By William Elliott, MD, FACP, and James Chan, PharmD, PhD

Dr. Elliott is Assistant Clinical Professor of Medicine, University of California, San Francisco.
Dr. Chan is Associate Clinical Professor, School of Pharmacy, University of California, San Francisco.

Drs. Elliott and Chan report no financial relationships relevant to this field of study.

The FDA has approved the first drug for the treatment of postpartum depression (PPD). Brexanolone is a synthetic neuroactive steroid gamma-aminobutyric acid receptor-positive modulator. It is identical to endogenous allopregnanolone. Brexanolone will be distributed as Zulresso through a restricted Risk Evaluation and Mitigation Strategy program.


Brexanolone is indicated for the treatment of PPD in adults.1


Brexanolone is administered through continuous IV infusion over 60 hours.1 For hours 0 to 4, the dose is 30 mcg/kg/hr; from four to 24 hours, increase the dose to 60 mcg/kg/hr; from 24 to 52 hours, increase the dose to 90 mcg/kg/hr (60 mcg/kg/hr for those intolerant to 90 mcg/kg/hr); from 52 to 56 hours, decrease the dose to 60 mcg/kg/hr; from 56 to 60 hours, decrease the dose to 30 mcg/kg/hr. Brexanolone is available as a single-dose vial (100 mg/20 mL).


Brexanolone is the first FDA-approved treatment for PPD.


Brexanolone can cause excessive sedation or loss of consciousness. Patients should be monitored for hypoxia with oximetry.1 In clinical studies, researchers had to interrupt or reduce the dose in 7% of brexanolone-treated subjects due to adverse reactions (vs. 3% for placebo-treated subjects).1 Other adverse reactions include dizziness, presyncope, and vertigo. There are no data on the effects of brexanolone on breast milk production or on breastfed infants. However, due to the drug’s low bioavailability, infant exposure is expected to be low (1% to 2% of maternal weight-adjusted dosage). Brexanolone requires continuous infusion over 60 hours.


Allopregnanolone is an endogenous neuroactive steroid that is a metabolite of progesterone. Allopregnanolone and other metabolites rise steadily through pregnancy and decrease in the postpartum period. Lower levels in the peripheral blood or cerebrospinal fluid have been associated with major depression and anxiety disorders.2,3 Brexanolone, a synthetic allopregnanolone, was evaluated for efficacy and safety in two randomized, double-blind, placebo-controlled studies.1,4 Study 1 included subjects with severe PPD (Hamilton Depression Rating Scale [HAM-D] score ≥ 26). Study 2 included subjects with moderate PPD (HAM-D scores = 20-25). Subjects were randomized to brexanolone or placebo. The primary endpoint was mean change from baseline in HAM-D total score at hour 60 (end of infusion). The secondary endpoint was mean change at day 30.

The authors of study 1 compared two doses of brexanolone (60 mcg/kg/hr; n = 38 and 90 mcg/kg/hr; n = 41) to placebo (n = 43). The mean reduction of HAM-D scores at hour 60 was -19.5 from a baseline of 29.0 for patients on the 60 mcg/kg/hr dose and -17.7 from a baseline of 28.4 for patients on the 90 mcg/kg/hr dose. For subjects who took placebo, HAM-D score change was -14.0 from a baseline of 28.6. Mean placebo-subtracted differences were -5.5 (P = 0.0013) and -3.7 (P = 0.025).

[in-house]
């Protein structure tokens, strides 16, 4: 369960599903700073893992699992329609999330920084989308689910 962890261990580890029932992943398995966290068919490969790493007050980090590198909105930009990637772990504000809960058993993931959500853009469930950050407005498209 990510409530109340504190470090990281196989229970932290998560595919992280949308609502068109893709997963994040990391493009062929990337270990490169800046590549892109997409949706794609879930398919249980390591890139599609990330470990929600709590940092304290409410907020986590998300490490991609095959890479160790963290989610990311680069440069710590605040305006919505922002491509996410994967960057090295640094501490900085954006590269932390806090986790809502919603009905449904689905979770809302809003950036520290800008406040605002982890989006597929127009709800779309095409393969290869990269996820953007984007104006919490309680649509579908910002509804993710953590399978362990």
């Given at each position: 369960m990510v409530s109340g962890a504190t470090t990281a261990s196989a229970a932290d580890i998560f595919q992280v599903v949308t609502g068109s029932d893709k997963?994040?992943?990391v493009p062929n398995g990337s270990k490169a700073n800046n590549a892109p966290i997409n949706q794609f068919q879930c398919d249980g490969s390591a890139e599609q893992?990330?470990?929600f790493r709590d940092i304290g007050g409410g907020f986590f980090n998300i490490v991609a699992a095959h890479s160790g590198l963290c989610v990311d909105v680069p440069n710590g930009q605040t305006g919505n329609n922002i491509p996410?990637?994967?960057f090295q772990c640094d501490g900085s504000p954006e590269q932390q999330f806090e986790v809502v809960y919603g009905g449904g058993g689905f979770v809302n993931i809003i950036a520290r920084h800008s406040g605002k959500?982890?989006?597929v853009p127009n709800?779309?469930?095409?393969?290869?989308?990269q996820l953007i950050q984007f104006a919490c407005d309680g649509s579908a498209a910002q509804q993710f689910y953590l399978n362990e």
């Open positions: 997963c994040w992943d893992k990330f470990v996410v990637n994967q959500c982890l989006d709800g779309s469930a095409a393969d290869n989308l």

In study 2, the authors administered brexanolone at 90 mcg/kg/hr (n = 51) and placebo (n = 53). Reduction in HAM-D scores with brexanolone was -14.6 from a baseline of 22.6 vs. -12.1 from a baseline of 22.7 for placebo-treated patients (mean difference, -2.5; P = 0.016). Generally, mean changes at hour 60 with brexanolone were maintained at day 30.4 In study 1, 51% of patients on the 60 mcg/kg/hr dose achieved HAM-D remission (total score ≤ 7) at the end of infusion vs. 16% for placebo-treated patients. In study 2, the HAM-D remission rate was 61% of patients on brexanolone vs. 38% of patients on placebo.


In 2012, the prevalence of PPD was 11.5% in the United States.5 PPD can affect women regardless of age, race, ethnicity, or economic status.6 If left untreated, PPD can last for months or even years. Suicide accounts for about 20% of PPD deaths and is the second most common cause of mortality in postpartum women.7

Current therapy includes cognitive and interpersonal therapy and traditional antidepressants. Traditional antidepressants onset slowly; brexanolone offers a rapid onset and effective treatment. The cost is estimated to be $7,450 per vial, with an average course costing about $34,000.


  1. Sage Therapeutics, Inc. Zulresso Prescribing Information, March 2019. Available at: Accessed April 10, 2019.
  2. Osborne LM, Gispen F, Sanyal A, et al. Lower allopregnanolone during pregnancy predicts postpartum depression: An exploratory study. Psychoneuroendocrinology 2017;79:116-121.
  3. Schüle C, Nothdurfter C, Rupprecht R. The role of allopregnanolone in depression and anxiety. Prog Neurobiol 2014;113:79-87.
  4. Meltzer-Brody S, Colquhoun H, Riesenberg R, et al. Brexanolone injection in post-partum depression: Two multicentre, double-blind, randomised, placebo-controlled, phase 3 trials. Lancet 2018;392:1058-1070.
  5. Ko JY, Rockhill KM, Tong VT, et al. Trends in postpartum depressive symptoms - 27 states, 2004, 2008, and 2012. MMWR Morb Mortal Wkly Rep 2017;66:153-158.
  6. National Institute of Mental Health. Postpartum Depression Facts. Available online at: Accessed April 10, 2019.
  7. Lindahl V, Pearson JL, Colpe L. Prevalence of suicidality during pregnancy and the postpartum. Arch Womens Ment Health 2005;2:77-87.